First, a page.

PMCID: PMC3565545  PMID: 23423317
triple negative breast cancer GWAS gene expression
5.  Notch signals in the endothelium and cancer "stem-like" cells: opportunities for cancer therapy 
Vascular Cell  2012;4:7.
Anti-angiogenesis agents and the identification of cancer stem-like cells (CSC) are opening new avenues for targeted cancer therapy. Recent evidence indicates that angiogenesis regulatory pathways and developmental pathways that control CSC fate are intimately connected, and that endothelial cells are a key component of the CSC niche. Numerous anti-angiogenic therapies developed so far target the VEGF pathway. However, VEGF-targeted therapy is hindered by clinical resistance and side effects, and new approaches are needed. One such approach may be direct targeting of tumor endothelial cell fate determination. Interfering with tumor endothelial cells growth and survival could inhibit not only angiogenesis but also the self-replication of CSC, which relies on signals from surrounding endothelial cells in the tumor microenvironment. The Notch pathway is central to controlling cell fate both during angiogenesis and in CSC from several tumors. A number of investigational Notch inhibitors are being developed. Understanding how Notch interacts with other factors that control endothelial cell functions and angiogenesis in cancers could pave the way to innovative therapeutic strategies that simultaneously target angiogenesis and CSC.
PMCID: PMC3348040  PMID: 22487493
6.  Integrative Analysis of Response to Tamoxifen Treatment in ER-Positive Breast Cancer Using GWAS Information and Transcription Profiling 
Variable response and resistance to tamoxifen treatment in breast cancer patients remains a major clinical problem. To determine whether genes and biological pathways containing SNPs associated with risk for breast cancer are dysregulated in response to tamoxifen treatment, we performed analysis combining information from 43 genome-wide association studies with gene expression data from 298 ER+ breast cancer patients treated with tamoxifen and 125 ER+ controls. We identified 95 genes which distinguished tamoxifen treated patients from controls. Additionally, we identified 54 genes which stratified tamoxifen treated patients into two distinct groups. We identified biological pathways containing SNPs associated with risk for breast cancer, which were dysregulated in response to tamoxifen treatment. Key pathways identified included the apoptosis, P53, NFkB, DNA repair and cell cycle pathways. Combining GWAS with transcription profiling provides a unified approach for associating GWAS findings with response to drug treatment and identification of potential drug targets.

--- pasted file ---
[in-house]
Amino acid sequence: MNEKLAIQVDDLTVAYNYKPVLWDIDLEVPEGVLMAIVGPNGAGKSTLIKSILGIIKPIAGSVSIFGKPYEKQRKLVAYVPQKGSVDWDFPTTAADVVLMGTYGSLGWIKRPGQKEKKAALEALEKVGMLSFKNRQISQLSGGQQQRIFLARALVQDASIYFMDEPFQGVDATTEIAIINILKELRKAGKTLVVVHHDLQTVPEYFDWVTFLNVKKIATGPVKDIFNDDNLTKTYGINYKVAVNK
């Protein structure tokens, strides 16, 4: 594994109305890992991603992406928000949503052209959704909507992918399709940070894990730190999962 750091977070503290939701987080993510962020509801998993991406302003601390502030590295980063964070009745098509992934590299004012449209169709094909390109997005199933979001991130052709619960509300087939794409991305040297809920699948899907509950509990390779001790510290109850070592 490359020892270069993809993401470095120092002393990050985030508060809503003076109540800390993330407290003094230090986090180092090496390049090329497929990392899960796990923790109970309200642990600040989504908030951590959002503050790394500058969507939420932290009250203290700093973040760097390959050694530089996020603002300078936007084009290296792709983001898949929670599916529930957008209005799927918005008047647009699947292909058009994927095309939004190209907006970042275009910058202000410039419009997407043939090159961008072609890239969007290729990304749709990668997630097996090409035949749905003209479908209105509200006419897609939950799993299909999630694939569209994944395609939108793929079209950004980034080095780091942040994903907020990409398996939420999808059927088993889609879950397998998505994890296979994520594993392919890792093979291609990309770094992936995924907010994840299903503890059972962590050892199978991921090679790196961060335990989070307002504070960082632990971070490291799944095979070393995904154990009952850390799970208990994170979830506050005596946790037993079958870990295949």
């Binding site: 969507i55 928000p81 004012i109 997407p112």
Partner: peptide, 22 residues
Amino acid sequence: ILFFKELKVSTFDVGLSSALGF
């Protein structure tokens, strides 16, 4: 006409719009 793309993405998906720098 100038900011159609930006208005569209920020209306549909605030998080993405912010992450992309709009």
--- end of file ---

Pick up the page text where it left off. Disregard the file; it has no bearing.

PMCID: PMC3292850  PMID: 22399860
tamoxifen genome-wide association studies gene expression
8.  An Integrative Genomics Approach to Biomarker Discovery in Breast Cancer 
Cancer Informatics  2011;10:185-204.
Genome-wide association studies (GWAS) have successfully identified genetic variants associated with risk for breast cancer. However, the molecular mechanisms through which the identified variants confer risk or influence phenotypic expression remains poorly understood. Here, we present a novel integrative genomics approach that combines GWAS information with gene expression data to assess the combined contribution of multiple genetic variants acting within genes and putative biological pathways, and to identify novel genes and biological pathways that could not be identified using traditional GWAS. The results show that genes containing SNPs associated with risk for breast cancer are functionally related and interact with each other in biological pathways relevant to breast cancer. Additionally, we identified novel genes that are co-expressed and interact with genes containing SNPs associated with breast cancer. Integrative analysis combining GWAS information with gene expression data provides functional bridges between GWAS findings and biological pathways involved in breast cancer.
PMCID: PMC3153161  PMID: 21869864
genome-wide association studies gene expression pathway
9.  Targeting Cancer Stem Cells through Notch Signaling 
The cellular heterogeneity of neoplasms has been at the center of considerable interest since the “cancer stem cell hypothesis”, originally formulated for hematologic malignancies, was extended to solid tumors. The origins of cancer “stem” cells (CSCs) or tumor-initiating cells (TICs) (henceforth referred to as CSCs) and the methods to identify them are hotly debated topics. Nevertheless, the existence of sub-populations of tumor cells with stem-like characteristics has significant therapeutic implications. The stem-like phenotype includes indefinite self-replication, pluripotency and, importantly, resistance to chemotherapeutics. Thus, it is plausible that CSC, regardless of their origin, may escape standard therapies and cause disease recurrences and/or metastasis after apparently complete remissions. Consequently, the idea of selectively targeting CSCs with novel therapeutics is gaining considerable interest. The Notch pathway is one of the most intensively studied putative therapeutic targets in CSC, and several investigational Notch inhibitors are being developed. However, successful targeting of Notch signaling in CSC will require a thorough understanding of Notch regulation and the context-dependent interactions between Notch and other therapeutically relevant pathways. Understanding these interactions will increase our ability to design rational combination regimens that are more likely to prove safe and effective. Additionally, to determine which patients are most likely to benefit from treatment with Notch-targeting therapeutics, reliable biomarkers to measure pathway activity in CSC from specific tumors will have to be identified and validated. This article summarizes the most recent developments in the field of Notch-targeted cancer therapeutics, with emphasis on CSC.